"It will be the secret of the century," promised Elizabeth Emanuel when the announcement was made that she and her husband, David, would design the wedding dress of the century for Lady Diana Spencer.
And so it has been.
"I can't wait till I finally raise my blinds," David Emanuel said yesterday.
They've been drawn at the Emanuels' Brook Street salon and atelier to conceal the work on what will be the most photographed and most copied dress since, well, Cleopatra's sheath.
"From the beginning, people were peering in with zoom lenses," said Cindi Watson, in-house publicity person for the couple.
Had the Emanuels lifted the blinds yesterday, they would have seen a crowd of reporters and photographers blocking traffic on the narrow street. Word was out that Lady Diana was due in for a fitting, and, indeed, she showed up.
"There was so much commotion the police came," said Watson. But the crowd got hardly a glimpse of the bride-to-be, her entrance and exit were so quick.
The Emanuels have taken special precautions to keep their designs for the bride and bridesmaids secret.
First, they carefully demolished the original sketch shown to Lady Diana and never made another one. Since the discovered "people going through our dustbins," they have carted away their trash and disposed of it secretly. As an extra safeguard, they have discarded many different color fabric swatches all at once so that nolone can determine the color scheme they are using. In fact, they ordered extra fabrics in several color waves so that even the fabric houses wouldn't have a clue about what is being used.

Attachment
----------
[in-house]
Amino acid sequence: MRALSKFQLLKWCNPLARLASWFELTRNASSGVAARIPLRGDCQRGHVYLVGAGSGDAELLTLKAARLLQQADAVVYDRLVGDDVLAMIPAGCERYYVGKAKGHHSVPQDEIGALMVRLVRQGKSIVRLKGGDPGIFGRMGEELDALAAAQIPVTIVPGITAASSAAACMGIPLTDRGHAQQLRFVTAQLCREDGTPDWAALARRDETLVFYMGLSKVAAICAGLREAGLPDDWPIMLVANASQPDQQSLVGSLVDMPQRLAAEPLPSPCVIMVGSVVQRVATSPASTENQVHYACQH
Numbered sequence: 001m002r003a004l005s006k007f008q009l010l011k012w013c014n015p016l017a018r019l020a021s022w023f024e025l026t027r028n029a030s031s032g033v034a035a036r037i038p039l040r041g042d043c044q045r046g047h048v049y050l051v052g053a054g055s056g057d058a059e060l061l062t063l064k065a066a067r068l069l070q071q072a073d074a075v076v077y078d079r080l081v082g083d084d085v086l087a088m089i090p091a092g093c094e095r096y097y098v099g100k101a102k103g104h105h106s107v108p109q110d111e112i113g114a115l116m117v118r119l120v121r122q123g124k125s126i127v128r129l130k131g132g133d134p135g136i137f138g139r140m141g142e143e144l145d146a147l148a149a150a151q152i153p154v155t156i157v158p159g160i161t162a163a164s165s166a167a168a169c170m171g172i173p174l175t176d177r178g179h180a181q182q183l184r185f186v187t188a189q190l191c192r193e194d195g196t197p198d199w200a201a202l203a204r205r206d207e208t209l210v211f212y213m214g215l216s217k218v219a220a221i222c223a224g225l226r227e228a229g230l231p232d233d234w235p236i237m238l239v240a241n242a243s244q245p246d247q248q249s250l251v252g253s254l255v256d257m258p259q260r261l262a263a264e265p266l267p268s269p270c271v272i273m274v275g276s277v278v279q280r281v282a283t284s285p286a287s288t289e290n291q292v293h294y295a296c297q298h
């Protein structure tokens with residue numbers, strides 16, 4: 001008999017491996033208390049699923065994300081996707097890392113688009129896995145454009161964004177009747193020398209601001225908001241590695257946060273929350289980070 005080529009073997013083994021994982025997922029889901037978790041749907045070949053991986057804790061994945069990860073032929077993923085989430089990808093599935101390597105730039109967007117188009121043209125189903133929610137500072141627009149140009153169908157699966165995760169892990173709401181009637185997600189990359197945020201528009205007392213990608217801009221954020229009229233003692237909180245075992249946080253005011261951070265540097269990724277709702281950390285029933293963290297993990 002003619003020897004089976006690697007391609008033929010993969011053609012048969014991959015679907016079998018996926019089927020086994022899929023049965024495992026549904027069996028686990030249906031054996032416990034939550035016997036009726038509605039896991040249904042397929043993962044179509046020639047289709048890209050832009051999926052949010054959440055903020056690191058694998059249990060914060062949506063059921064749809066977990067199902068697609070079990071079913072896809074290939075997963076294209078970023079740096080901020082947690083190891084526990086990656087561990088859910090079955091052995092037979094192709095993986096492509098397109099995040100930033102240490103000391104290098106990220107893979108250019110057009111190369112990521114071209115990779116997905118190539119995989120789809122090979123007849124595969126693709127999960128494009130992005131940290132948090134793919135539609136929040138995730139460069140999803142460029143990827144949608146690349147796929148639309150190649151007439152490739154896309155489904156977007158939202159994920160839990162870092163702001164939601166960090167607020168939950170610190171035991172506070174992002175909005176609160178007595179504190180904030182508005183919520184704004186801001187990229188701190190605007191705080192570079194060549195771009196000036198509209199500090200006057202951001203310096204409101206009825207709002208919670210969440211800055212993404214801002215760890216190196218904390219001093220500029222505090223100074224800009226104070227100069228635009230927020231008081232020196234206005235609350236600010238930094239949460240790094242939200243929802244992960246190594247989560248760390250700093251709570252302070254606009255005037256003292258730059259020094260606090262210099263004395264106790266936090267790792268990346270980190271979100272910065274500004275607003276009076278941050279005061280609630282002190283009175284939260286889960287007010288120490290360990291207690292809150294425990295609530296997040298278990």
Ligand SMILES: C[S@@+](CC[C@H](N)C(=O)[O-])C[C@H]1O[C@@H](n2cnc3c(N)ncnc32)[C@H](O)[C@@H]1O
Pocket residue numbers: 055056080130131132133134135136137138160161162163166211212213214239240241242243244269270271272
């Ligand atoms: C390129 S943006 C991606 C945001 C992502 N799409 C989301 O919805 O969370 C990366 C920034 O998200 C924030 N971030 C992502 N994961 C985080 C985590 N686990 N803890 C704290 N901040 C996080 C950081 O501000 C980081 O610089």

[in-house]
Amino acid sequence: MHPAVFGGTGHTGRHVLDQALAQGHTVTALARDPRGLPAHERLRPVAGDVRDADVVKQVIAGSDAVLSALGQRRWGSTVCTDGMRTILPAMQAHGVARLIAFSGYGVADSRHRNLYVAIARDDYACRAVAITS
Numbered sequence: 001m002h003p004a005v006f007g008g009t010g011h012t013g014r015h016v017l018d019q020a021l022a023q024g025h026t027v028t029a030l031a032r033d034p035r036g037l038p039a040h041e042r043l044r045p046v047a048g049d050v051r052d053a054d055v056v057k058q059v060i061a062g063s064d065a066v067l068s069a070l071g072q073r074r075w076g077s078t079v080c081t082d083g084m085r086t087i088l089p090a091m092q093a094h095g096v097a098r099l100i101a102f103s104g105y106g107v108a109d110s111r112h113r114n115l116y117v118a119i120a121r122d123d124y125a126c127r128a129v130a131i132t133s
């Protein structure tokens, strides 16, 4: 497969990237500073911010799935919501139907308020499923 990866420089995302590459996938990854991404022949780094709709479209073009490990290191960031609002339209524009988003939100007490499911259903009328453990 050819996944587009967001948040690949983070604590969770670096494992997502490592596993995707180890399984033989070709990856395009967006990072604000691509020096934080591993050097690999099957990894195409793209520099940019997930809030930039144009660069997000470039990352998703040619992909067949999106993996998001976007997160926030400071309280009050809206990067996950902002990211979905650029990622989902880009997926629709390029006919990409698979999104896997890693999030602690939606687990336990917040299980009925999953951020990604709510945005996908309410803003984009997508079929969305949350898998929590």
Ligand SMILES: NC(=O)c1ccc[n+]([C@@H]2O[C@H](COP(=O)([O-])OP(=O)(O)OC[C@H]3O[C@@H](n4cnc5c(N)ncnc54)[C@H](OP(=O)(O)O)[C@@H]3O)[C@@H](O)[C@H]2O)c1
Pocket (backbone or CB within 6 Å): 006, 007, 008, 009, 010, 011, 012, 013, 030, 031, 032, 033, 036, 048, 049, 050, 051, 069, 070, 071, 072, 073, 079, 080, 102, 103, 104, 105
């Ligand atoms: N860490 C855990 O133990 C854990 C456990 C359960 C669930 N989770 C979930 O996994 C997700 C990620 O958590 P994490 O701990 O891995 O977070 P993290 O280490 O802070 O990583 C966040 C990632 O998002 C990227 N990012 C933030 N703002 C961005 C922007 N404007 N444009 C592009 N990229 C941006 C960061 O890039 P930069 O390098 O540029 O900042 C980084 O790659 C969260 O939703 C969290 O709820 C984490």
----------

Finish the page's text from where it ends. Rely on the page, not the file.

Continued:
From the start, David Emaneul scaled down the number of people who would work on the wedding dress. "There will be just too much pressure on those working on the dress, and it won't be fair," he said. In addition, he has divided up the sewing assignments like a jigsaw puzzle so that the seamstresses can honestly say they don't know what the whole dress looks like, only the part they are working on.
All of this has not kept people from trying. Bribes have been offered for a glimpse of the dress and dismissed. The Emanuels have denied rumors that they demanded payment for interviews.
Even Women's Wear Daily, the trade daily which once instructed a reporter to go over the wall of the White House to get the advance sketch of Lynda Bird Johnson's wedding gown, has been foiled. Pouting in print, WWD has taken to calling Lady Diana "Lady Dimples" and referring to the Emaneuls' style of design for wedding dresses as "Wagnerian splendor." Louise J. Esterhazy (a cover name for publisher John Fairchild) wrote in a recent issue, "Good luck, Di, though I'm sure your bouyant youth and flashing dimples will help lighten things up."
The Buckingham Palace press office will release a sketch of the dress following the wedding, and the Emanuels will hold a press conference later in the day, organized by a marketing firm that expects to merchandise their names into household words. An Emanuel perfume is scheduled first.
But even if someone got to see the dress this minute, it would not be the final product.
"There is still something to be done," said Watson. "It is a tradition for good luck not to finish the dress until just before the wedding."
And just what part wasn't finished?
"We're not saying anything," she replied firmly.